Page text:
Emboldened by support from across the country, Oklahoma teachers swarmed the state Capitol for a second week in their unrelenting quest for more school funding.
And by some accounts, Monday’s crowd was the biggest yet.
Hundreds of schools closed Monday as teachers demanded $150 million more to replace dilapidated, decades-old textbooks and fund elective courses. They also want higher raises for support staff and themselves.
Some teachers walked 15 miles Monday to get to Oklahoma City.
They bring the support and advice of West Virginia teachers, whose nine-day strike last month led to a 5% pay raise.
“When talking to West Virginia teachers, they told me the most important day of the walkout was the 2nd Monday,” posted Alberto Morejon, the organizer of the “Oklahoma Teacher Walkout - The Time is Now!” Facebook group.
Millions of dollars granted, millions more wanted
The teachers’ massive protest has already yielded some action by legislators.
Shortly before the April 2 walkout, Gov. Mary Fallin signed a bill that provided $50 million in funding for schools, increased teachers’ salaries and gave pay raises to support staff. But the package wasn’t nearly as much as educators demanded, so major school districts shuttered and the walkout ensued.
Now, two pieces of legislation could soon become law, getting a few steps closer to what teachers say they need:
1. The state Senate approved a bill amendment Friday that would require third-party retailers selling through outlets such as Amazon to collect sales tax from customers or inform them how much they owe in sales taxes. (The House approved the measure earlier in the week.) That bill could bring in about $20 million annually in education funding, but teachers say schools need a total of $200 million over three years.
What Oklahoma teachers want vs. what they've gotten
The Oklahoma Education Association wanted:
- $10,000 raises for teachers
- $5,000 raises for support staff, such as janitors and cafeteria workers
- $200 million in education funding
So far, the state has given:
- Average teacher raises of $6,100
- $1,250 raises for support staff
- $50 million in education funding
2. The Senate on Friday approved a “ball and dice” tax for gambling. While Senate leaders said it will not add any income to this year’s education funding, the Oklahoma Education Association said it would help in the long run.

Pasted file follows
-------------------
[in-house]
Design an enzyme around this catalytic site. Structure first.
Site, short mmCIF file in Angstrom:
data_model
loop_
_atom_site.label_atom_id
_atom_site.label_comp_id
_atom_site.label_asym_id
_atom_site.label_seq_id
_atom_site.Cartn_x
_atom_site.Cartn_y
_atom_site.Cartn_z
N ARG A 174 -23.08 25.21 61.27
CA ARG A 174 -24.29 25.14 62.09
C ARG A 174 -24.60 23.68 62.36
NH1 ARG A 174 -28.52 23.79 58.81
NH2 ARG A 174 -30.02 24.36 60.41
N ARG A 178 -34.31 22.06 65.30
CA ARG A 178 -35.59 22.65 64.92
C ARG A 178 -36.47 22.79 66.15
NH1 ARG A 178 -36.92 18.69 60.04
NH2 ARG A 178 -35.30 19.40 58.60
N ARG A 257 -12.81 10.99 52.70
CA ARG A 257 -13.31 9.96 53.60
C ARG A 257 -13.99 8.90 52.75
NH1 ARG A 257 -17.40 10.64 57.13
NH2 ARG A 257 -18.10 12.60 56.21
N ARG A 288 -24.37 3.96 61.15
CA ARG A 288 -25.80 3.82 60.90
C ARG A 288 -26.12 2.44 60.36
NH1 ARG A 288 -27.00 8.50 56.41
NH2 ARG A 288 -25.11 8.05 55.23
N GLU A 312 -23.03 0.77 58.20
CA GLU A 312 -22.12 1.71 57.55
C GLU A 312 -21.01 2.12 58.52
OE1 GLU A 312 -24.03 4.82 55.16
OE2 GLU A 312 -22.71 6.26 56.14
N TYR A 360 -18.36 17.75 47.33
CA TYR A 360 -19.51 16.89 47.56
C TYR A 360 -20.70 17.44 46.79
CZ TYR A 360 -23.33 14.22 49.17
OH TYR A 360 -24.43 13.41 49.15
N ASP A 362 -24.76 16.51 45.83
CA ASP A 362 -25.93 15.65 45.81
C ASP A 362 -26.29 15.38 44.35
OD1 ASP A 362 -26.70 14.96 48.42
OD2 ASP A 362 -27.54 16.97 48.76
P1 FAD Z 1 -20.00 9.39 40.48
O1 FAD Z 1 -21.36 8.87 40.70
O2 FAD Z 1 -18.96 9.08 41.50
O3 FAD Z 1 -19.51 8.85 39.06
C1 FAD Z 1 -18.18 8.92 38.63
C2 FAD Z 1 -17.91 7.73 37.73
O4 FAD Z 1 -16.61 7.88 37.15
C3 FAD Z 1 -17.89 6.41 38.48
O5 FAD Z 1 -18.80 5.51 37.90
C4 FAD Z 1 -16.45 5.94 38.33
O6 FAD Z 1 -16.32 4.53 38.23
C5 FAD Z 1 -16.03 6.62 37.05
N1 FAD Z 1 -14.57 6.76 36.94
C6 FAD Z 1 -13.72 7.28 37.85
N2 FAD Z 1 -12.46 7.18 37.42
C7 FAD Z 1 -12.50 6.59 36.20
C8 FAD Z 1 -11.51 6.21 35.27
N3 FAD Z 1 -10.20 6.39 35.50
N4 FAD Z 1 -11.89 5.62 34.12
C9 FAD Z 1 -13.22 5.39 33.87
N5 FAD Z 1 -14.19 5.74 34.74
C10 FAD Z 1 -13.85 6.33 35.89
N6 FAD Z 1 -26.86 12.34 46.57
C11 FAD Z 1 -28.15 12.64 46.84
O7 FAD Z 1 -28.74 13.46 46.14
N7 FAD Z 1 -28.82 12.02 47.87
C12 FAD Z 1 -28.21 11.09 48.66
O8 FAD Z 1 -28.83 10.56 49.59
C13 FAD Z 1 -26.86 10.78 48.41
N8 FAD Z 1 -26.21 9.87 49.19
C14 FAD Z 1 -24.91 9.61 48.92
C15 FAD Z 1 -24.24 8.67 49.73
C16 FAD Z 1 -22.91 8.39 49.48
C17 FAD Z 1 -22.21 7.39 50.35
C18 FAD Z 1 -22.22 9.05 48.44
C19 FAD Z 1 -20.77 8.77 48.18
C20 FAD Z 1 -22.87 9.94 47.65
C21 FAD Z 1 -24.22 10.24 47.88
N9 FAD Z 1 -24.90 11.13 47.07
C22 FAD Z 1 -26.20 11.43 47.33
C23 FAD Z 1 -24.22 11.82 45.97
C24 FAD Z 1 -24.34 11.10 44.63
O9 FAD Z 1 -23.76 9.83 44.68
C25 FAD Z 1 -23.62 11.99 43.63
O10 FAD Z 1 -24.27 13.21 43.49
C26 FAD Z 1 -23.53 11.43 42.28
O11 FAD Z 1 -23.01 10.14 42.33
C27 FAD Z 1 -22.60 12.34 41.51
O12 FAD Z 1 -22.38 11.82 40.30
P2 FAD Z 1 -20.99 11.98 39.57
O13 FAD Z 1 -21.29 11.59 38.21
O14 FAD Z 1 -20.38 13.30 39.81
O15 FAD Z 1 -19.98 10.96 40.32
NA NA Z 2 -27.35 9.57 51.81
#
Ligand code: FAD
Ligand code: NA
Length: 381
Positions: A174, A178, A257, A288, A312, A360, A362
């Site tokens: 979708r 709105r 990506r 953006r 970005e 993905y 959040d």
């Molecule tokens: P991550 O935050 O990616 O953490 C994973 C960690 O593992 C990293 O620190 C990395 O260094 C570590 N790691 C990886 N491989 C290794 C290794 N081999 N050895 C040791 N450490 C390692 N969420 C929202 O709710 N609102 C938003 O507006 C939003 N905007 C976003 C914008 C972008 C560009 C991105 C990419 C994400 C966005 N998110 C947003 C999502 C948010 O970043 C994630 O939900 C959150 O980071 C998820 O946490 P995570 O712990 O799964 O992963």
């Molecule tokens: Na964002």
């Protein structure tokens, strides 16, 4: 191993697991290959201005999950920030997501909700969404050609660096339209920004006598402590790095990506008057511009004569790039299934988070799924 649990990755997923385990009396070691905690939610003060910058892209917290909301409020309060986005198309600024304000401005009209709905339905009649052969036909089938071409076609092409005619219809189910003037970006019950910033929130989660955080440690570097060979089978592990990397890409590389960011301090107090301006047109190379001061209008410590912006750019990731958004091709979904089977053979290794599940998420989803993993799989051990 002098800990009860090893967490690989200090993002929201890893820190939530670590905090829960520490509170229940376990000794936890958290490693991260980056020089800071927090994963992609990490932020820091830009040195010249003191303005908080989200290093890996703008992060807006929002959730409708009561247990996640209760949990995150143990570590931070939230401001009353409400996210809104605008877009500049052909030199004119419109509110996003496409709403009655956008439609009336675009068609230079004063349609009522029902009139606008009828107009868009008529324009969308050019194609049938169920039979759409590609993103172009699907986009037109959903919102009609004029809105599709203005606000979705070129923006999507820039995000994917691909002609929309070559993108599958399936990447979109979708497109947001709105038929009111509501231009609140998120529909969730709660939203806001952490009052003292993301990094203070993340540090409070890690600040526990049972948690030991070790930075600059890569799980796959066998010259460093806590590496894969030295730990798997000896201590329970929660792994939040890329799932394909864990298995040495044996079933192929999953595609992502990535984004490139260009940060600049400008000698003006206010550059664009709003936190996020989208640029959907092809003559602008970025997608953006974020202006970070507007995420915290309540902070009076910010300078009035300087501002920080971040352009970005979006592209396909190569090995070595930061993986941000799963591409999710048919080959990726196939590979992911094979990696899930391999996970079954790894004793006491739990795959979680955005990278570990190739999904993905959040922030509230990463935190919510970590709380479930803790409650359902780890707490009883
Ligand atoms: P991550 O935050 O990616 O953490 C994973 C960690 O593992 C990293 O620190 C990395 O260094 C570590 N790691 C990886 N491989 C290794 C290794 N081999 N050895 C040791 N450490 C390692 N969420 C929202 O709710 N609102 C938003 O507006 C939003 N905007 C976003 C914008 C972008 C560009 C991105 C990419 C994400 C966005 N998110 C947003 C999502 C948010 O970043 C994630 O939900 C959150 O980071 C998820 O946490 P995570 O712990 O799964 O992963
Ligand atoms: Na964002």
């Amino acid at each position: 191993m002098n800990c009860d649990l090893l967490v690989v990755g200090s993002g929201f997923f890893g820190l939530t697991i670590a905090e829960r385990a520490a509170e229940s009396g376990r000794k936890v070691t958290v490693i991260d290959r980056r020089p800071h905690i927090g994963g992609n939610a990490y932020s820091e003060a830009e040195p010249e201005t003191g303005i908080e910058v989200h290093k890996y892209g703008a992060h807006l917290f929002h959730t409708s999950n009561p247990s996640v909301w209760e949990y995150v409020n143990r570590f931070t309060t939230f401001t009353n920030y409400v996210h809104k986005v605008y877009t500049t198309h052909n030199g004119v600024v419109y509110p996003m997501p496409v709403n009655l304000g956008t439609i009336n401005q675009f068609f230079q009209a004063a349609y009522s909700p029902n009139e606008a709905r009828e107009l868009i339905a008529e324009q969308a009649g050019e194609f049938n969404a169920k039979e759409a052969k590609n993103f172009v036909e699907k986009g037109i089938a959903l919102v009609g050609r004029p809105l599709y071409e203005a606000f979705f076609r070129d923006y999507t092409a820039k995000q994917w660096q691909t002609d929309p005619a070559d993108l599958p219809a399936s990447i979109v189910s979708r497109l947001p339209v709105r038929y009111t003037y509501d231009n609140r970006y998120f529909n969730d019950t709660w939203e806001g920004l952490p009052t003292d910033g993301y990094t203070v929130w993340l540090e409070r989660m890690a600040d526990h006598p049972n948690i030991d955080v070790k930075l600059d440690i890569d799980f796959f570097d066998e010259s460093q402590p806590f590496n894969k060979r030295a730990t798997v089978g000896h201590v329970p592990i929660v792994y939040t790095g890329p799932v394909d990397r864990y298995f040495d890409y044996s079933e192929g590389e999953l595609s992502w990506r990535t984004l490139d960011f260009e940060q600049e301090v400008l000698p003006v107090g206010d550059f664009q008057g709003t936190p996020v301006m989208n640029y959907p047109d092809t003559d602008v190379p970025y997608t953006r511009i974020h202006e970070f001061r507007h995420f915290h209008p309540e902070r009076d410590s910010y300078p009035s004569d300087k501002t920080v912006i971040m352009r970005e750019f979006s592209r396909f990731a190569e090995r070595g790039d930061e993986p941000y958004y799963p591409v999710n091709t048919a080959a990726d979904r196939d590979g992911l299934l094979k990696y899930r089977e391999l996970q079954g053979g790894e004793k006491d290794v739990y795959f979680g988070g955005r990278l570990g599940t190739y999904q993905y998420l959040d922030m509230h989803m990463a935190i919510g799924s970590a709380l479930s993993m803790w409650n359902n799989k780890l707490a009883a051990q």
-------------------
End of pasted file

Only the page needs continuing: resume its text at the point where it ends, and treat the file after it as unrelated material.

But the OEA was livid about another Senate move: the repeal of a hotel and motel tax that it said would be paid by mostly nonresidents and would add millions in revenue.
The Senate followed the House’s lead and repealed the tax as part of Bill 1010XX, thereby chopping $43 million from the education funding bill. Senators say they can make up that shortage through other revenue in the bill.
What will it take for this to end?
While thousands of students remain out of school indefinitely, OEA President Alicia Priest made clear what she thinks lawmakers must do to end the teacher walkout.
She said Fallin must veto the Legislature’s repeal of the hotel-motel tax, and the Legislature must pass a bill ending the state’s capital gains tax deduction.
Until then, don’t expect teachers to end the walkout.
“I think it will continue … until they see the fully funded education bills that need to be passed,” said Kingsgate Elementary Principal Karie Hill, one of many administrators who joined teachers at the Capitol.
Kentucky teachers are furious, too
The Oklahoma protesters join teachers from Kentucky, Arizona and other states who have been fighting for more pay, better education funding and improved working conditions.
In Kentucky, teachers also protested the passage of a pension bill, which they called a “bait-and-switch” move.
That bill, which would affect new teachers, is at Gov. Matt Bevin’s desk. Supporters of the bill said the changes are necessary to save the state’s pension systems.
While Kentucky teachers were protesting the pension overhaul last week, the state Legislature passed changes to the tax system called House Bill 366.
An analysis of that bill by the Institute on Taxation and Economic Policy found it would bring a huge tax cut for the richest 1% of residents, while the biggest tax increase would affect those making less than $21,000 a year. A fellow with the Kentucky Center for Economic Policy described it as “a tax cut for Kentucky’s richest people paired with a tax increase for the middle class and the poor.”
Bevin has until legislators return to session April 13 to sign the bill.
Until then, the Kentucky Educators Association has urged its members to return to their classrooms.
“Our students need us to show up for them in classrooms and schools,” the group posted on Facebook over the weekend. “We urge educators statewide not to allow our united efforts to be compromised by continued calls for action that deprive students, parents and communities of the educational services we provide.”
CNN’s Isabella Gomez Madison Park contributed to this report.